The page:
By now we have all heard nutrition advice, in tune with the Mediterranean diet, to enjoy desserts not more than a few times per week and on special occasions. Those special occasions are here…
Merry Christmas and Happy New Year!
Satisfy your sweet tooth over the holidays with tasty Mediterranean desserts. Mediterranean treats often add healthy ingredients with delicious results. Many feature nuts, either folded in or sprinkled on top, or fruit, fresh or dried, for example.
Studies have found that the more whole fruits you eat, the lower your risk for diabetes. Ripe, seasonal fruit can add more flavor and color, and reduce the amount of sugar required in your desserts. If you like dried fruit, pick up a panettone, a classic Italian holiday sweet bread made with raisins, dried apricots, and other dried fruits.
Many desserts in the Mediterranean use spices and flavored sweeteners like honey and dates to build flavor instead of adding extra sugar and butter. With more flavors tantalizing your palate, you’ll be satisfied with less. Baklava, a classic eastern Mediterranean treat (pictured above), is made by layering philo pastry and chopped nuts (usually pistachios or walnuts) and drizzling with honey and flavored syrup. For lighter fare, biscotti, Italian cookies usually served with coffee and tea, also feature nutty flavors and spices.
Try using whole grains in place of or in combination with refined grains in your recipes. Bakers can typically substitute up to 50% of the all-purpose flour in a recipe with whole wheat flour without making other adjustments, and still enjoy a comparable taste and texture. Or, use a recipe specially designed for whole grains, and eliminate the refined grains entirely; you’ll benefit from the extra protein, fiber and higher levels of important vitamins and minerals. In Lebanon, a pudding-like dessert made with sweetened, soft wheat berries, nuts and dried fruits is traditionally made when a baby’s first tooth appears – a special occasion for something sweet, healthy, and easy to eat.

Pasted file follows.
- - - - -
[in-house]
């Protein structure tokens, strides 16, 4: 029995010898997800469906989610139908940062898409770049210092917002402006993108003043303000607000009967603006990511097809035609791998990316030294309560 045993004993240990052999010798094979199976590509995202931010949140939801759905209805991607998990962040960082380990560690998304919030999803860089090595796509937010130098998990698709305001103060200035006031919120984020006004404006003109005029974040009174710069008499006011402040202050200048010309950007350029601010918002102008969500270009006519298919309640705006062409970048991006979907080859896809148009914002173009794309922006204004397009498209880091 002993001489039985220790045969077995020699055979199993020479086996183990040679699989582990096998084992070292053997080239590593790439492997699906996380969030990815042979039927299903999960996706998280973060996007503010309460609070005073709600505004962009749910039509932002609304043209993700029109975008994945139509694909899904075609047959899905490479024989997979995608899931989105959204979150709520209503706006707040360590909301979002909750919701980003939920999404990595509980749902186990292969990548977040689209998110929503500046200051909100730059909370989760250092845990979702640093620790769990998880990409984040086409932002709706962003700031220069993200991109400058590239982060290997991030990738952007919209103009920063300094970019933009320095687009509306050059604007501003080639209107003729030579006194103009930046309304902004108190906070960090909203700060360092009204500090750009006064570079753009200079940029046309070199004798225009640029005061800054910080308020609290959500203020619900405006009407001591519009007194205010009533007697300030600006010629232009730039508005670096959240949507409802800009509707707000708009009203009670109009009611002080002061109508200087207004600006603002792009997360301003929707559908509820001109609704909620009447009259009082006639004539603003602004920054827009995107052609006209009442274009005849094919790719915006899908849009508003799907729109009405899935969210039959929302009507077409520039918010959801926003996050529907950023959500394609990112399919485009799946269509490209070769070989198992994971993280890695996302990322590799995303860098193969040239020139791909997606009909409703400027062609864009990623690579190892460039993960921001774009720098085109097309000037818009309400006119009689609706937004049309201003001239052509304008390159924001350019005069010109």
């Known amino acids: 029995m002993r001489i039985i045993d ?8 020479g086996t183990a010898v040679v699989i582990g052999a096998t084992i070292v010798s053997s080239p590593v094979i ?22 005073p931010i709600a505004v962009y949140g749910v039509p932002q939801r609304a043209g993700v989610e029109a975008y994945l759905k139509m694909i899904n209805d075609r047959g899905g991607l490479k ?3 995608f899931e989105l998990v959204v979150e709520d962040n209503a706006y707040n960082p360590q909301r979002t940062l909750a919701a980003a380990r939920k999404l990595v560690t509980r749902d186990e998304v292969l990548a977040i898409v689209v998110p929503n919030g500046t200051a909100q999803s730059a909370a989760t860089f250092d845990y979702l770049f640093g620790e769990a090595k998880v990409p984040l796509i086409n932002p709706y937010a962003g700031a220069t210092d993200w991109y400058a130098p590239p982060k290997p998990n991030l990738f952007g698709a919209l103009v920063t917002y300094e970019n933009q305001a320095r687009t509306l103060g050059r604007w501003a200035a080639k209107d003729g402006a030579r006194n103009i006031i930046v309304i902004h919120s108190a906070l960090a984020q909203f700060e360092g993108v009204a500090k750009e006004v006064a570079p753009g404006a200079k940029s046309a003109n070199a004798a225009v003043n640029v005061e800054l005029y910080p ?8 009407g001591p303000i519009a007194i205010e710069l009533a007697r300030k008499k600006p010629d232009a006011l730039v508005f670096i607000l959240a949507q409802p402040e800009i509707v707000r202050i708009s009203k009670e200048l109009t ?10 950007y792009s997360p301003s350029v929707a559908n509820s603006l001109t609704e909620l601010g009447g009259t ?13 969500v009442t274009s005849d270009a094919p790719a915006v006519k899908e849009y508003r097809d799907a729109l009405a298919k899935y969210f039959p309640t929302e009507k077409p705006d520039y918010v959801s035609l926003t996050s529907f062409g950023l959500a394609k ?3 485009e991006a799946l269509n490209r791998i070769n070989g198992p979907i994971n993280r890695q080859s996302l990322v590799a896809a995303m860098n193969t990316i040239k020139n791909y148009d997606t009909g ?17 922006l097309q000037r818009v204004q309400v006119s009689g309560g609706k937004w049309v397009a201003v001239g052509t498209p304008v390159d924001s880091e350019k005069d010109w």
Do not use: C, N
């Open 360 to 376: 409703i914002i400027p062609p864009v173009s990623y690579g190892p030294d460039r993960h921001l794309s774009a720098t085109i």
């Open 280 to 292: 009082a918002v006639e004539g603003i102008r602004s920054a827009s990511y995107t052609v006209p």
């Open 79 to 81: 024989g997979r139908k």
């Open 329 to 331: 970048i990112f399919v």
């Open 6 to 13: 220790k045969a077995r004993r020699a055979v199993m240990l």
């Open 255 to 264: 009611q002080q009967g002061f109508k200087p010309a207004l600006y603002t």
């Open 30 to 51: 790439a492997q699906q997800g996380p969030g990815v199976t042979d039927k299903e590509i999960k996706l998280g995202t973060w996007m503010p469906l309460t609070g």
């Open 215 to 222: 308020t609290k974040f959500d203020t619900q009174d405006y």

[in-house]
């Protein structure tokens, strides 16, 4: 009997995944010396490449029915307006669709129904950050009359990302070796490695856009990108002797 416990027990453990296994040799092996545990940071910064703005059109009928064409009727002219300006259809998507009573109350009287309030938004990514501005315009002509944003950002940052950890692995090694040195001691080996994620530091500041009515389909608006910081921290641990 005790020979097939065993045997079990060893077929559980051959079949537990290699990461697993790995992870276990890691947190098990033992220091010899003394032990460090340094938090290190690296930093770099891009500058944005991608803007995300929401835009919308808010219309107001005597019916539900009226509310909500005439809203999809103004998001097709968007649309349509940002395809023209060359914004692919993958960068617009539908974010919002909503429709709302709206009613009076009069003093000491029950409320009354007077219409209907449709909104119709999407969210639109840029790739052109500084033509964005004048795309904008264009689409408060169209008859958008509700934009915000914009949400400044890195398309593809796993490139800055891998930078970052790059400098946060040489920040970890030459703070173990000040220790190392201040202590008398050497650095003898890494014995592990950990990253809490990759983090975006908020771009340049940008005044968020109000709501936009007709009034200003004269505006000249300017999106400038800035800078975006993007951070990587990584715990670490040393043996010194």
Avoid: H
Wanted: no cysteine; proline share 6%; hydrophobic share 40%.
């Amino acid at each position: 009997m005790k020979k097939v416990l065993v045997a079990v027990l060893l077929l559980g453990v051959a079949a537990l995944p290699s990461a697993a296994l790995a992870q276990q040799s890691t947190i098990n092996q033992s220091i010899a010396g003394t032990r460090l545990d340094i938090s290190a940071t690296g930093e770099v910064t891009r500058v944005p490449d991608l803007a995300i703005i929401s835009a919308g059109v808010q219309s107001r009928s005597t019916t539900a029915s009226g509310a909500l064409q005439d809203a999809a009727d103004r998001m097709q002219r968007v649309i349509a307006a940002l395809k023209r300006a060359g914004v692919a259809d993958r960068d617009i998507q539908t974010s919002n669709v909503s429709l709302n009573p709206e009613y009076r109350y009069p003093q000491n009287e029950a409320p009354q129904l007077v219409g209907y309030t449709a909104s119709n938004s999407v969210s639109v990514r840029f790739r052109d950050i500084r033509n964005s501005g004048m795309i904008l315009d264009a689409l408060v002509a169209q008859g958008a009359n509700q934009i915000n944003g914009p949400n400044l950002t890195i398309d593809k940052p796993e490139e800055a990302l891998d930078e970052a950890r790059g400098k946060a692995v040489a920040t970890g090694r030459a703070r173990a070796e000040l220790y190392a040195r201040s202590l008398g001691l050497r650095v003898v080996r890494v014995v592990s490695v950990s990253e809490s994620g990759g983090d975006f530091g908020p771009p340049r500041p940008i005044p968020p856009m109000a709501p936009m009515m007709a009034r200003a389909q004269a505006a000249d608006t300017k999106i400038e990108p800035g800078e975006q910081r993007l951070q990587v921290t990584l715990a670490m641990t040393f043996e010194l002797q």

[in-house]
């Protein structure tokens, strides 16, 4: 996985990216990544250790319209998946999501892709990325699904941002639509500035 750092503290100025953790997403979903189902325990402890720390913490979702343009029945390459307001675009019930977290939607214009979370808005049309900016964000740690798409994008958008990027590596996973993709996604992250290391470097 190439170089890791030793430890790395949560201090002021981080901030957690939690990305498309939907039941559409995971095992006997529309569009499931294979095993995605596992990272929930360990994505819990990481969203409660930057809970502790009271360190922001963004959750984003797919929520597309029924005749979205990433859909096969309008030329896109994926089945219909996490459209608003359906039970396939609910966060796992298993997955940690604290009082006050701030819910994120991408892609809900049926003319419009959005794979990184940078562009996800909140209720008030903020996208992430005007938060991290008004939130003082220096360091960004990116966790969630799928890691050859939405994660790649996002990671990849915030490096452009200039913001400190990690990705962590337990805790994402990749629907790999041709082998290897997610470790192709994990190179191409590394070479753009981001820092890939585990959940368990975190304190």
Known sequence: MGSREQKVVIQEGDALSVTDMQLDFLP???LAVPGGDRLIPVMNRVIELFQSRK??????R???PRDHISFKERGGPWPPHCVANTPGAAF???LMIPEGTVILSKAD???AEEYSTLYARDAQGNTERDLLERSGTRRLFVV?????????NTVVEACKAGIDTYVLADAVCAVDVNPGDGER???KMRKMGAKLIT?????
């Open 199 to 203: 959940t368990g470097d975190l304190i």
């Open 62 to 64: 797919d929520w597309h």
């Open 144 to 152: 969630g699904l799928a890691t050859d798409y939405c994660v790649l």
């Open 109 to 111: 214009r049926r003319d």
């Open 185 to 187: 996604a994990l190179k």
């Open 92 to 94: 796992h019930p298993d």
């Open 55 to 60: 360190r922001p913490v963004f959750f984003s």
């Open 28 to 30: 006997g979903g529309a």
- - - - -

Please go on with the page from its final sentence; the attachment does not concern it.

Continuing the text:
Like other dishes in the Mediterranean, dessert is an expression of the season. Try poached pears or baked cold-weather fruit to warm up, or a fruit-flavored cake for a big celebration. Bake a cake with olive oil, instead of butter, and flavor it with oranges or lemons for a delightful Mediterranean twist.
For more Mediterranean dessert ideas for your special occasions, check out the recipes below.
(Click on a title or photo below to go to the recipe.)
These Mediterranean-inspired dessert “sushi” incorporate traditional Greek dessert ingredients like yogurt, honey, cinnamon, and orange zest. Rolled up in a sesame seed outer layer, these flavors provide just enough sweet flavor for a light treat.
Recipe and photo courtesy of Mediterra and Diane Kochilas.
Soufflés can be a little tricky to pull off, but when successful, they make delicious, light desserts. Make sure all of the ingredients are at room temperature, especially the eggs, before you start, and resist the temptation to peek in the oven while they are baking.
Recipe and photo courtesy of the Egg Nutrition Center.
This article was originally published as part of Fresh Fridays is a bi-weekly celebration of Mediterranean eating and living. To find even more delicious Mediterranean recipes please visit: Mediterranean Foods Alliance (MFA)
Oldways (www.oldwayspt.org) is a nonprofit food and nutrition education organization, with a mission to guide people to good health through heritage, using practical and positive programs grounded in science and tradition. Simply, we advocate for the healthful pleasures of real food. Oldways is the parent organization for The Whole Grains Council and The Mediterranean Foods Alliance, and is well-known for creating the Whole Grain Stamp and the Mediterranean Diet Pyramid.